Ransomware attack inflames intelligence scrutiny


The “Wanna Cry” ransomware attack producing global shockwaves has renewed focus on the activities of the National Security Agency (NSA) and how the government decides to disclose cyber vulnerabilities to the private sector.

The ransomware campaign, which broke out on Friday and has spread to at least 150 countries and 300,000 machines, is widely believed to be based on an NSA hacking tool leaked to the public earlier this year that exploits a vulnerability in Microsoft’s Windows operating system.

Ransomware is a type of malware that blocks access to a target’s data until a ransom is paid, usually in a cryptocurrency such as bitcoins.

Microsoft president and chief legal officer Brad Smith took aim at the U.S. government over the ransomware campaign, describing it as a “wake-up call” for governments to stop “stockpiling” vulnerabilities for intelligence purposes.

“Repeatedly, exploits in the hands of governments have leaked into the public domain and caused widespread damage,” Smith wrote in a blog post on Sunday. “An equivalent scenario with conventional weapons would be the U.S. military having some of its Tomahawk missiles stolen.”

At issue is the so-called vulnerabilities equities process (VEP) by which the federal government decides whether to provide information about a software vulnerability to the product’s manufacturer. The interagency process was first disclosed by the Obama administration in 2014 and has stoked security and privacy concerns as a result of the few public details that have come out.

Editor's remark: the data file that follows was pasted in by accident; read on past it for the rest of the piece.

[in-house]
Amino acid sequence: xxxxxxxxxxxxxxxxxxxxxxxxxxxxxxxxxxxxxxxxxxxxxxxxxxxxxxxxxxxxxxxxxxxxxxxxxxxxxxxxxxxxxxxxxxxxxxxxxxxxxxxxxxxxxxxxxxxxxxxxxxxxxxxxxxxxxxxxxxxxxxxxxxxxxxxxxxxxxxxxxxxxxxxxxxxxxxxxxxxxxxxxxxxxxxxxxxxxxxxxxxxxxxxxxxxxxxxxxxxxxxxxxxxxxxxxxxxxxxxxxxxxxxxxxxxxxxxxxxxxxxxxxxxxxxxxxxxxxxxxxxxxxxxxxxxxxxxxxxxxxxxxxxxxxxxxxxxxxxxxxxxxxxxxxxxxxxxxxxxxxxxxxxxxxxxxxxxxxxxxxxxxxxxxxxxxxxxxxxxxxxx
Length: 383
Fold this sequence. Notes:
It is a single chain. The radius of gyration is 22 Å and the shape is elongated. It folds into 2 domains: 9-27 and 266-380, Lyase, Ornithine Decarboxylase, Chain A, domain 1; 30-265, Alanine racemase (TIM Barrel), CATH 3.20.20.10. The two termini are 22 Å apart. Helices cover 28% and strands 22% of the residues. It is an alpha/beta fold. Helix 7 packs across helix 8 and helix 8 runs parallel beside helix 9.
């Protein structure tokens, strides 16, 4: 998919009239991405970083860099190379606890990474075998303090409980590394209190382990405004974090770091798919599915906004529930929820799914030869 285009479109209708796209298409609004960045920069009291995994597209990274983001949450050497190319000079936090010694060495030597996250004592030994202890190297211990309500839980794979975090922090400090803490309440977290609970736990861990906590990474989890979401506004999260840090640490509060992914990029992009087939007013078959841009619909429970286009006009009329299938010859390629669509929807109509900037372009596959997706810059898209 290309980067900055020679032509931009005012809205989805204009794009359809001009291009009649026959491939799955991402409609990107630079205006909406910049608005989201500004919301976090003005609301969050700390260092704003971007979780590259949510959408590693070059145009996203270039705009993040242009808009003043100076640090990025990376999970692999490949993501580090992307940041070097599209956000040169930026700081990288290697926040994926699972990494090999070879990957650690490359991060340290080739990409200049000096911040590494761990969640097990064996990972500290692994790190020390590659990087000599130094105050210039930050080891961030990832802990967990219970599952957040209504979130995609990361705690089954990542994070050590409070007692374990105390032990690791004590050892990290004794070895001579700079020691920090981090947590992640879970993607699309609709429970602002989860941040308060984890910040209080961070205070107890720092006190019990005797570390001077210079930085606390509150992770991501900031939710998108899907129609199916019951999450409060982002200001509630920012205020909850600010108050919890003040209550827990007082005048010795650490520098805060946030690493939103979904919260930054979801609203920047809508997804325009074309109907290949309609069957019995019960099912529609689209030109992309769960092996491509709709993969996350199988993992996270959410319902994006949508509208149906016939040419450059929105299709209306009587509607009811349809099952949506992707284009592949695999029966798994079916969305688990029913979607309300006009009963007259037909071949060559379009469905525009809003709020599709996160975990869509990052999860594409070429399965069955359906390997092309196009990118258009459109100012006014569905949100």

Rep. Ted Lieu (D-Calif.) seized on the “Wanna Cry” news Friday to push for legislation that would reform the process.

“Currently the Vulnerabilities Equities Process is not transparent and few people understand how the government makes these critical decisions,” Lieu said in a statement. “Today’s worldwide ransomware attack shows what can happen when the NSA or CIA write malware instead of disclosing the vulnerability to the software manufacturer.”

Microsoft issued a security update for its supported operating systems to patch the vulnerability in March, weeks before hacker group Shadow Brokers published the code of the alleged NSA tool.

But many computers remained vulnerable, either because consumers did not patch them or because the patch did not fit their older operating systems.

It is unclear whether the NSA ever tipped Microsoft off to the vulnerability, though Smith’s statement seemed to suggest it did not.

Either way, the issue has renewed focus on the disclosure of “zero-day” vulnerabilities — those unknown to the manufacturer and, as a result, for which no patch exists.

Michelle Richardson, deputy director for the freedom, security and technology project at the Center for Democracy and Technology, said the latest ransomware campaign underscores the need for more transparency surrounding the vulnerabilities equities process.

She noted that the government provides no metrics on how many zero-days are shared with industry versus those that are not shared.

“We the public need to know the general contour of how they make their decisions,” Richardson told The Hill. “We should know the factors they consider and we should know the scales weigh toward disclosure.”

“It would be deeply troubling if the NSA knew about this vulnerability but failed to disclose it to Microsoft until after it was stolen,” Patrick Toomey, a staff attorney with the American Civil Liberties Union, said in a statement. “It is past time for Congress to enhance cybersecurity by passing a law that requires the government to disclose vulnerabilities to companies in a timely manner.”

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